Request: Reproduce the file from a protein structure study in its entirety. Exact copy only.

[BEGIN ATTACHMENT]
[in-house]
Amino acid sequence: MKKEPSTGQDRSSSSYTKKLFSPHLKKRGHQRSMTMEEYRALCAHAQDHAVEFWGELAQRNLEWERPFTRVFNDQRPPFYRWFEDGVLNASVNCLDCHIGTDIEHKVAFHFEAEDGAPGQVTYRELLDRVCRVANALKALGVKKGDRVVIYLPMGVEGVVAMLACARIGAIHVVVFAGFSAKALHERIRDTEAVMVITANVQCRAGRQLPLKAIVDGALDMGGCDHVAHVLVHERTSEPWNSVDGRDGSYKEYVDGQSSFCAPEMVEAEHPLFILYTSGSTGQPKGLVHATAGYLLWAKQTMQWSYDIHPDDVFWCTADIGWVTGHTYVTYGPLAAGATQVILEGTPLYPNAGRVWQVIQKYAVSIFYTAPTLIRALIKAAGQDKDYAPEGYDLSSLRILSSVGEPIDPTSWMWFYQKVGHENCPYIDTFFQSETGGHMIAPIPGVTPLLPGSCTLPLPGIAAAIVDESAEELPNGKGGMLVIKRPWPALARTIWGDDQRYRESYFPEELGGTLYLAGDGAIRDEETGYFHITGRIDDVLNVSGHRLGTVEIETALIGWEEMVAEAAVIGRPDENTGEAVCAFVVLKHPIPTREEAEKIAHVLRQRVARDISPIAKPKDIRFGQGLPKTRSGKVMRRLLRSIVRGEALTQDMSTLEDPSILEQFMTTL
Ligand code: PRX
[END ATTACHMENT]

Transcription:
[in-house]
Amino acid sequence: MKKEPSTGQDRSSSSYTKKLFSPHLKKRGHQRSMTMEEYRALCAHAQDHAVEFWGELAQRNLEWERPFTRVFNDQRPPFYRWFEDGVLNASVNCLDCHIGTDIEHKVAFHFEAEDGAPGQVTYRELLDRVCRVANALKALGVKKGDRVVIYLPMGVEGVVAMLACARIGAIHVVVFAGFSAKALHERIRDTEAVMVITANVQCRAGRQLPLKAIVDGALDMGGCDHVAHVLVHERTSEPWNSVDGRDGSYKEYVDGQSSFCAPEMVEAEHPLFILYTSGSTGQPKGLVHATAGYLLWAKQTMQWSYDIHPDDVFWCTADIGWVTGHTYVTYGPLAAGATQVILEGTPLYPNAGRVWQVIQKYAVSIFYTAPTLIRALIKAAGQDKDYAPEGYDLSSLRILSSVGEPIDPTSWMWFYQKVGHENCPYIDTFFQSETGGHMIAPIPGVTPLLPGSCTLPLPGIAAAIVDESAEELPNGKGGMLVIKRPWPALARTIWGDDQRYRESYFPEELGGTLYLAGDGAIRDEETGYFHITGRIDDVLNVSGHRLGTVEIETALIGWEEMVAEAAVIGRPDENTGEAVCAFVVLKHPIPTREEAEKIAHVLRQRVARDISPIAKPKDIRFGQGLPKTRSGKVMRRLLRSIVRGEALTQDMSTLEDPSILEQFMTTL
Ligand code: PRX